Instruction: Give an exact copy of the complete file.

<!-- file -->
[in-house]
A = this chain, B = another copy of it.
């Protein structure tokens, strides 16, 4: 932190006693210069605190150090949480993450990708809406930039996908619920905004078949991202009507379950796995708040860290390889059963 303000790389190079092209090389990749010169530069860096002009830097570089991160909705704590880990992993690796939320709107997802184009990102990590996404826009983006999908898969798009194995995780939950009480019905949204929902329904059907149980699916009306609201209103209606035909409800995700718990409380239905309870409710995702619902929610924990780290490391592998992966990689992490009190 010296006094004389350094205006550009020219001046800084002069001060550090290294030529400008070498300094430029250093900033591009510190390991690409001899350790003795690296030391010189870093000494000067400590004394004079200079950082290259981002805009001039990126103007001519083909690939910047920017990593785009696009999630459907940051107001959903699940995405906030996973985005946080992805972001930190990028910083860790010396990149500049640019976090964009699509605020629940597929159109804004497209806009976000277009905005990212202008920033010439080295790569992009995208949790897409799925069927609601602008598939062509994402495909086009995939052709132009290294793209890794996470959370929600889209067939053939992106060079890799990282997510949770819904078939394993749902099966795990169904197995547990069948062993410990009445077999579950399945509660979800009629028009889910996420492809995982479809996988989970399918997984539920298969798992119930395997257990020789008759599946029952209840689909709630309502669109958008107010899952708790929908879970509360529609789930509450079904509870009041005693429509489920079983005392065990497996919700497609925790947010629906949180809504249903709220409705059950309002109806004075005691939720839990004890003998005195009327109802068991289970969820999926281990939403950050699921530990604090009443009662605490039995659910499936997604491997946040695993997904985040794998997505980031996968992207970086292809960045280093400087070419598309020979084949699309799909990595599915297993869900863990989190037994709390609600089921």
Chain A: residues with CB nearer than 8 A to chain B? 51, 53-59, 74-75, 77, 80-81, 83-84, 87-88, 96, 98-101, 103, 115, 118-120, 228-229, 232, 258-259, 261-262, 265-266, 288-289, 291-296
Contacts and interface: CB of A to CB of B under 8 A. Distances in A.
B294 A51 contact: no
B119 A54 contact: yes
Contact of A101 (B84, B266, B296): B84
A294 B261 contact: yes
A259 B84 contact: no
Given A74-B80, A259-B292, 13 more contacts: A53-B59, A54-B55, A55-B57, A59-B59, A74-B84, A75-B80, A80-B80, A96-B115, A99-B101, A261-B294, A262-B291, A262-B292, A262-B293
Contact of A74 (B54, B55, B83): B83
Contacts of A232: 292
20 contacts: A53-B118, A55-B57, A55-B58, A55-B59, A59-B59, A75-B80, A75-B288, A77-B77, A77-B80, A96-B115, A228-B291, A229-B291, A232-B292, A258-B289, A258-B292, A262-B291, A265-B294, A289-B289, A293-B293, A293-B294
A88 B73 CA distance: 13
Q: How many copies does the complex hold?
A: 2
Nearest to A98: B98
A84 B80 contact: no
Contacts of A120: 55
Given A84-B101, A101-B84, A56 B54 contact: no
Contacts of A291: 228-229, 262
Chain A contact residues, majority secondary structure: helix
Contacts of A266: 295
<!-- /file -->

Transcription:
[in-house]
A = this chain, B = another copy of it.
């Protein structure tokens, strides 16, 4: 932190006693210069605190150090949480993450990708809406930039996908619920905004078949991202009507379950796995708040860290390889059963 303000790389190079092209090389990749010169530069860096002009830097570089991160909705704590880990992993690796939320709107997802184009990102990590996404826009983006999908898969798009194995995780939950009480019905949204929902329904059907149980699916009306609201209103209606035909409800995700718990409380239905309870409710995702619902929610924990780290490391592998992966990689992490009190 010296006094004389350094205006550009020219001046800084002069001060550090290294030529400008070498300094430029250093900033591009510190390991690409001899350790003795690296030391010189870093000494000067400590004394004079200079950082290259981002805009001039990126103007001519083909690939910047920017990593785009696009999630459907940051107001959903699940995405906030996973985005946080992805972001930190990028910083860790010396990149500049640019976090964009699509605020629940597929159109804004497209806009976000277009905005990212202008920033010439080295790569992009995208949790897409799925069927609601602008598939062509994402495909086009995939052709132009290294793209890794996470959370929600889209067939053939992106060079890799990282997510949770819904078939394993749902099966795990169904197995547990069948062993410990009445077999579950399945509660979800009629028009889910996420492809995982479809996988989970399918997984539920298969798992119930395997257990020789008759599946029952209840689909709630309502669109958008107010899952708790929908879970509360529609789930509450079904509870009041005693429509489920079983005392065990497996919700497609925790947010629906949180809504249903709220409705059950309002109806004075005691939720839990004890003998005195009327109802068991289970969820999926281990939403950050699921530990604090009443009662605490039995659910499936997604491997946040695993997904985040794998997505980031996968992207970086292809960045280093400087070419598309020979084949699309799909990595599915297993869900863990989190037994709390609600089921």
Chain A: residues with CB nearer than 8 A to chain B? 51, 53-59, 74-75, 77, 80-81, 83-84, 87-88, 96, 98-101, 103, 115, 118-120, 228-229, 232, 258-259, 261-262, 265-266, 288-289, 291-296
Contacts and interface: CB of A to CB of B under 8 A. Distances in A.
B294 A51 contact: no
B119 A54 contact: yes
Contact of A101 (B84, B266, B296): B84
A294 B261 contact: yes
A259 B84 contact: no
Given A74-B80, A259-B292, 13 more contacts: A53-B59, A54-B55, A55-B57, A59-B59, A74-B84, A75-B80, A80-B80, A96-B115, A99-B101, A261-B294, A262-B291, A262-B292, A262-B293
Contact of A74 (B54, B55, B83): B83
Contacts of A232: 292
20 contacts: A53-B118, A55-B57, A55-B58, A55-B59, A59-B59, A75-B80, A75-B288, A77-B77, A77-B80, A96-B115, A228-B291, A229-B291, A232-B292, A258-B289, A258-B292, A262-B291, A265-B294, A289-B289, A293-B293, A293-B294
A88 B73 CA distance: 13
Q: How many copies does the complex hold?
A: 2
Nearest to A98: B98
A84 B80 contact: no
Contacts of A120: 55
Given A84-B101, A101-B84, A56 B54 contact: no
Contacts of A291: 228-229, 262
Chain A contact residues, majority secondary structure: helix
Contacts of A266: 295